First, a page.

KJ – Have you seen advantages in having that “single source of truth” when it comes to rebate management?

MK – Well, it comes back to that point where, in some instances, there was a reliance on the antiquated data sets. And so if that antiquated data set was then challenged, how do you respond? I think the fact that you have an orchestrated set of data which you can rely on, and a single source of truth, means that the ability to challenge the input is removed. Then it becomes an economic conversation rather than a conversation around the quality of the information.

KJ – How are you ensuring that finance retains a strategic focus on supply chain management that continues to drive revenue and growth?

MK – Just being generally curious about how the supply chain operates and partnering with the vertical where they may need or ask for. How can we influence and apply some rigour in the decisions being made? It’s not telling the operators how to operate their verticals; it’s about how you can support them achieving their KPIs and their goals.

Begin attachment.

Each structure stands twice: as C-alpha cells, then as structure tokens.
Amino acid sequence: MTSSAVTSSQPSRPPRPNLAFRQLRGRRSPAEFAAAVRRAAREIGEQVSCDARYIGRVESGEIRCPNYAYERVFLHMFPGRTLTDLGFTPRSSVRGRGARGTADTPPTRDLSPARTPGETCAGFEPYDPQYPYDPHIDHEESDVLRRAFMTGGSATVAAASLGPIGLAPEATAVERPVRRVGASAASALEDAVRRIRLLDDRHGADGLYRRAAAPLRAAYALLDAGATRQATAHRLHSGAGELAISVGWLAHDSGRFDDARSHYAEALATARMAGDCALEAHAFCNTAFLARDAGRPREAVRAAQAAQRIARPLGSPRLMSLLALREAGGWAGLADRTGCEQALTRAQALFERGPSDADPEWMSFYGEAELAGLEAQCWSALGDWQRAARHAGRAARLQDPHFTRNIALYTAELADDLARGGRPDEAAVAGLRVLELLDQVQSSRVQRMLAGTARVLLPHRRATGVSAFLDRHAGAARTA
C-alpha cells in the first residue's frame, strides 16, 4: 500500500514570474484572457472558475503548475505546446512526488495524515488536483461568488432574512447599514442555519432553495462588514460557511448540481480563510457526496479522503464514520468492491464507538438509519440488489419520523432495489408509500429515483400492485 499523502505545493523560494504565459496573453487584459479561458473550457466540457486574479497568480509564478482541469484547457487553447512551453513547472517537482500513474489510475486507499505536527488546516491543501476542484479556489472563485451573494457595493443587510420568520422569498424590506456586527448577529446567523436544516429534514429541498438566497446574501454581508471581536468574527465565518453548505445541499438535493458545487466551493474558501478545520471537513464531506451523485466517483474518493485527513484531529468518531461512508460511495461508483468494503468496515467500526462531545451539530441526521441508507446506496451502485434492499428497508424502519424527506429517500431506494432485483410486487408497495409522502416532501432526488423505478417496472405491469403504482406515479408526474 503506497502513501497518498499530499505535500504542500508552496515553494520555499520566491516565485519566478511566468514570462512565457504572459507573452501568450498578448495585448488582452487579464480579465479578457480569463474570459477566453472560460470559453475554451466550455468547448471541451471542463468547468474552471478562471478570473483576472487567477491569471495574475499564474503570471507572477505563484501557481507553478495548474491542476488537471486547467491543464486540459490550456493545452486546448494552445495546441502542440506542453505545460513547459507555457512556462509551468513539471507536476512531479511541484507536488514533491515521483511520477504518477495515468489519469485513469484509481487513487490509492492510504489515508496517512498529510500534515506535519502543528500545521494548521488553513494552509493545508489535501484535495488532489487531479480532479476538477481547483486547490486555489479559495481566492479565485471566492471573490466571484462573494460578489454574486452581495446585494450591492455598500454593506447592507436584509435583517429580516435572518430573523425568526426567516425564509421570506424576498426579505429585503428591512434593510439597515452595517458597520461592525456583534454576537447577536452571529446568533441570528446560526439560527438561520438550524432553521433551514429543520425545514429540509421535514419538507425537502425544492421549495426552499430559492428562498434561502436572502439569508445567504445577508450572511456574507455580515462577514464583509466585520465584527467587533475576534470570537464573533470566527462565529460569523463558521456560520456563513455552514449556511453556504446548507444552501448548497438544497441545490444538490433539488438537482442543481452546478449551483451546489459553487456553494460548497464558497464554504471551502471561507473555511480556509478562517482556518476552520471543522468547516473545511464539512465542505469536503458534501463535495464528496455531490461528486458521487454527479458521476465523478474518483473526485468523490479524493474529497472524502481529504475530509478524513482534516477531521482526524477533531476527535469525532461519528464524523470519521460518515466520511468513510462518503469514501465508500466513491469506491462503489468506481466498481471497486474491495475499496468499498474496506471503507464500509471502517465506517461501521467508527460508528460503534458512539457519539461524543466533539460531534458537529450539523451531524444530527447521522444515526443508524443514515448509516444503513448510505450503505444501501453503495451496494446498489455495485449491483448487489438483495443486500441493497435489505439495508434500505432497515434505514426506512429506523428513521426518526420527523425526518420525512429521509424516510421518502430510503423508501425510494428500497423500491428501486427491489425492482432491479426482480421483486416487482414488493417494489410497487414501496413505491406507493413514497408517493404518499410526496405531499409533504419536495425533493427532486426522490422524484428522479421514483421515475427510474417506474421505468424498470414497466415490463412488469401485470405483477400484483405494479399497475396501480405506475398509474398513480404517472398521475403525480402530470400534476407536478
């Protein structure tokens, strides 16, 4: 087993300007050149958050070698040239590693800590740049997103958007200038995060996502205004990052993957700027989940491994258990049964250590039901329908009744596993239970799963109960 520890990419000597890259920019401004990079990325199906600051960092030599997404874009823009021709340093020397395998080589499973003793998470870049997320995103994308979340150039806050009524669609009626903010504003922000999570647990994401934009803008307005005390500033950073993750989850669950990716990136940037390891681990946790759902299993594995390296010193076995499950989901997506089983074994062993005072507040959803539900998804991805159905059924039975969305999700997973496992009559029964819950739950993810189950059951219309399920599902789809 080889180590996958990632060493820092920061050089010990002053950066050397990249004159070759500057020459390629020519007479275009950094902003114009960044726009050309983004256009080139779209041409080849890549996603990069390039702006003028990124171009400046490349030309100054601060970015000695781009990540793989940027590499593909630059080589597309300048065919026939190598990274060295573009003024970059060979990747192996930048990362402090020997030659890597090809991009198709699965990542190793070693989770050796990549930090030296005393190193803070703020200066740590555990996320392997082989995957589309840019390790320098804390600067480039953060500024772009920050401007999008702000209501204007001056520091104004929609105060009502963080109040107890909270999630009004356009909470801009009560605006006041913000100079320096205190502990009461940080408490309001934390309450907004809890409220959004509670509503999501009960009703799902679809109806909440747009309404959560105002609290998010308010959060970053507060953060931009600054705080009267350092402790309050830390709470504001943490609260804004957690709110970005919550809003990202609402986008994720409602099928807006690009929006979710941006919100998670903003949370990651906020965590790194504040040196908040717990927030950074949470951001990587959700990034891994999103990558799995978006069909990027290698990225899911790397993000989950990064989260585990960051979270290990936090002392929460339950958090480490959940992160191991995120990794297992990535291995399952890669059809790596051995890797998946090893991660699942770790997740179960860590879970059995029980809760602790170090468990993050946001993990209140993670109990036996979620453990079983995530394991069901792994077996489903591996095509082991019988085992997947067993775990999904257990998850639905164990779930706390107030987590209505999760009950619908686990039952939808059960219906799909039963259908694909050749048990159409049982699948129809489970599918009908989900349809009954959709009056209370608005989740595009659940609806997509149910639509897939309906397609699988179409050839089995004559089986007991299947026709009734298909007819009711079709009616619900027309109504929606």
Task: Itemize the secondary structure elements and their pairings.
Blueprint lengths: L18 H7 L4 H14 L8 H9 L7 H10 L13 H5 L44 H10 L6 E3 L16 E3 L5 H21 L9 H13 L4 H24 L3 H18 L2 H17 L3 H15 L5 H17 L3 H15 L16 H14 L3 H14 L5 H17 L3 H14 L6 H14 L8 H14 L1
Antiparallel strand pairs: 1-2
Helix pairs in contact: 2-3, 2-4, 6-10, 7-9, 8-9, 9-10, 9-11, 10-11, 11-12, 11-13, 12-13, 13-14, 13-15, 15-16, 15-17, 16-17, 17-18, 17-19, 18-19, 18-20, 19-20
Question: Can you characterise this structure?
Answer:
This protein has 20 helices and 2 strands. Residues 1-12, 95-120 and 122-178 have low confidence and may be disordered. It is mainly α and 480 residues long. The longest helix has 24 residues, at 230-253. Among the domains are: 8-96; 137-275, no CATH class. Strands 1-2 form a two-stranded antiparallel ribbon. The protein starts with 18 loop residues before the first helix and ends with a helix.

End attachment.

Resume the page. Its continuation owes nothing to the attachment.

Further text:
Three top tips for CFOs in 2024 > Mitchell Koureas, CFO | Barbeques Galore

  1. People & Culture: I spend more time in the people vertical than I do in the finance vertical. You don’t have a business if you don’t have a team. Ensuring the value proposition for every employee, not just those in finance, is aligned with what they expect it to be. Look after your people. Not just with remuneration, but with communication, career development, system and tools and ensure they’re engaged with the strategy and what you’re trying to do.
  1. Communication: Communicate in a way which is simple and compelling rather than “finance-y”. Communicating with store teams because you want them to be engaged. You’re not communicating just to tick a box.
  1. Staying ahead of the regulatory backdrop: There’s a lot of change happening at the moment in terms of IR laws, the sustainability landscape, ESG. Understanding your risk settings and just don’t rely on, say, your HR team have a good understanding of all of the law changes, for example. Get curious about those things and how they impact your organisation.